Dr Raghunath Godbole from Pune has given his patients the free hand to decide how much they should pay as consultation charges. He has been doing so quietly for the past eight years before his unique practice was highlighted in a Facebook post by fellow Pune resident Ashish Rathi on June 21, 2017.
The post reads: ‘When specialist doctors are charging Rs500 to 1,000, this doctor had a display board which asked patients to voluntarily pay any amount as consultation fee. Giving importance to patients over money is not possible without altruistic heart.’ By the midnight of June 22, it had garnered 36,000 likes, 11,000 comments and 18,000 shares!
The display board at the reception of Dr Godbole’s consultancy says: ‘Patients will decide the amount of fees they wish to pay.’ It also mentions: ‘Medical representatives should not give any gifts.’ His effort attains significance at a time when the medical fraternity is divided over the cut price issue. The matter was raised earlier this month when Asian Heart Institute, one of India’s leading heart hospitals, put up hoardings across Mumbai condemning the rampant practice of doctors and hospitals receiving commission to get patients.
A gastrointestinal and laparoscopic surgeon, Dr Godbole began started his practice in Pune on January 1, 1984. He made the move of making consultation and follow up charges voluntary in 2009 when he completed his 25 years of medical practice in the city. “Around that time, I did not have any responsibility so to speak, as both my children had completed their education. In order to celebrate my 25 years of practice, I came up with this golden mean between free OPD on the one hand and rigidly fixed charges on the other hand,” said the 61-year-old. He added he wishes to continue practising with the same rule till he is 75.
“Not a single day goes by when patients do not knock my door to thank me. I have received more than 100 handwritten letters from patients, who have thanked me for this initiative. At the end of the day, I just check the amount I’ve made. I do not see who has given what amount. The payment ranges from anywhere between Rs5 to Rs500. Most people pay honestly. But I must say, I make much less than contemporary market rates,” smiles Dr Godbole.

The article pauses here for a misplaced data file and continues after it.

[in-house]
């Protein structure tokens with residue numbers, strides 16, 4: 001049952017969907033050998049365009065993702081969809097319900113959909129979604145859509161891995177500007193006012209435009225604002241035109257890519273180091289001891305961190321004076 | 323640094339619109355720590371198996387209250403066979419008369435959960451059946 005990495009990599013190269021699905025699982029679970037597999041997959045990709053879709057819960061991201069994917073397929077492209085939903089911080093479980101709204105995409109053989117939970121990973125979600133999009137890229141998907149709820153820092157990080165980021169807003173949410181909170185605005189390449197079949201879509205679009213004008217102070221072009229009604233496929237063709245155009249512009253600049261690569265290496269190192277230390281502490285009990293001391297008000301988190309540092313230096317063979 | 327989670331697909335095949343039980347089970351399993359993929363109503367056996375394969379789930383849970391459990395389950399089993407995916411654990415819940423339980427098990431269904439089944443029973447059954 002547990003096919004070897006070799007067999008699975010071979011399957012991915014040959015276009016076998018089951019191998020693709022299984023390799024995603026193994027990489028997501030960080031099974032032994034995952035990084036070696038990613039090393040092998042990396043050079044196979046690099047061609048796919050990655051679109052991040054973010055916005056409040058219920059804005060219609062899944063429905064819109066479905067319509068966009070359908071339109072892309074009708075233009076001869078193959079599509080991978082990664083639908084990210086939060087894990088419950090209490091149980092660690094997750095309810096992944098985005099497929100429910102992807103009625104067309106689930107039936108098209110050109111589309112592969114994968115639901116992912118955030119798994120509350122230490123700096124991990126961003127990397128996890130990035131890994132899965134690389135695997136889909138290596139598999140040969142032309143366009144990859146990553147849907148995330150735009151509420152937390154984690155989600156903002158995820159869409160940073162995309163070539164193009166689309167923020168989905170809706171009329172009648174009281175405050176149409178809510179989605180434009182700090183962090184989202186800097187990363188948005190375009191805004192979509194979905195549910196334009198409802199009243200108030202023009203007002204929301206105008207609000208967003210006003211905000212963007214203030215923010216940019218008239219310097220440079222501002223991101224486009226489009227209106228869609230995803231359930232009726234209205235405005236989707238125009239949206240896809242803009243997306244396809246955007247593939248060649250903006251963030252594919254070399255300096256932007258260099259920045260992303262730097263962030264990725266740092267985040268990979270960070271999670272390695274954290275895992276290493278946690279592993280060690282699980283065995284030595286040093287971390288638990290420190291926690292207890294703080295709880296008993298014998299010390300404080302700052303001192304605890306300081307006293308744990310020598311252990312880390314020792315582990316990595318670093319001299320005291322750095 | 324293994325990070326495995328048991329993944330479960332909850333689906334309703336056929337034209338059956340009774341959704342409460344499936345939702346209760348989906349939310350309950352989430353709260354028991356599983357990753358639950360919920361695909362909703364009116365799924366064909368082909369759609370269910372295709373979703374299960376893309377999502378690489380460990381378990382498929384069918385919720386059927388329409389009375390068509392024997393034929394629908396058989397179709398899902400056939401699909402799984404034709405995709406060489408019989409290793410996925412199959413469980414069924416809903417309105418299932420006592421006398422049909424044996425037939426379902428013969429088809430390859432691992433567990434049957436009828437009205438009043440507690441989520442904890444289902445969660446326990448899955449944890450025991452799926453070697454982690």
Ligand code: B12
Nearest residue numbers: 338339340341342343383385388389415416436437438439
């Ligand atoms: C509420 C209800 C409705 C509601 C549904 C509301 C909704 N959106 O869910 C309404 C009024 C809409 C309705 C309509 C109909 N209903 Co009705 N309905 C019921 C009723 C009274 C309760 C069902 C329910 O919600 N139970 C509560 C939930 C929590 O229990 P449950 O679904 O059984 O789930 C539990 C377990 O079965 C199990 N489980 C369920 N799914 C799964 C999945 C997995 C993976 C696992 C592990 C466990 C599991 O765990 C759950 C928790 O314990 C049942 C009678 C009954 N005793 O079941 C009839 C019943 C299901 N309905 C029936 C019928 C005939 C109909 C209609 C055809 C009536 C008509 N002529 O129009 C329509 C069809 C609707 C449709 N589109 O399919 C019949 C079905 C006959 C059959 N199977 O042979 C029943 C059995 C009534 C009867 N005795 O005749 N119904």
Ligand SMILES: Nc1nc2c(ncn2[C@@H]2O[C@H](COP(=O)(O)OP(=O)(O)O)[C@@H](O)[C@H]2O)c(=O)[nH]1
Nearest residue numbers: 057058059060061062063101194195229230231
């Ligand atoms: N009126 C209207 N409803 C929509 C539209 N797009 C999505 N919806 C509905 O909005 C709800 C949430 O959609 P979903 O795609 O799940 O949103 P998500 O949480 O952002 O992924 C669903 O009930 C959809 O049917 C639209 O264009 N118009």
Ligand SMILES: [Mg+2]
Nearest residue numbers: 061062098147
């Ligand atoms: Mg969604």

He added, “Once you accept gifts from medical representatives, you are obliged to prescribe drugs of a particular company. By not accepting gifts, you are free to prescribe any drug which you want and which suits the patient the most.”
The 10-bed hospital owned by Dr Godbole he has reserved three beds as charity beds. “The needy patients only have to pay hospital charges, and are given partial or full concession for operations,” he said.
Dr Godbole consults 10 patients every day and his assistant sees 15 follow-up patients at his Sadashiv Peth clinic, while he consults 10 patients at his Apte Road clinic every day. “I consciously see limited number of patients every day so that I can give them optimum time. Also, if I start seeing unlimited number of patients it will affect my health,” said the mountaineering enthusiast.
When asked about the cut practice debate, he said, “I find the menace of cut in our profession has increased recently. I welcome the idea of the government mulling a law on the same.”
Dr Godbole said he wants young surgeons to follow this model. “If you make consultation charges voluntary, you will not have a dearth of patients. You will gain wide experience, which is very important for any young doctor,” he said.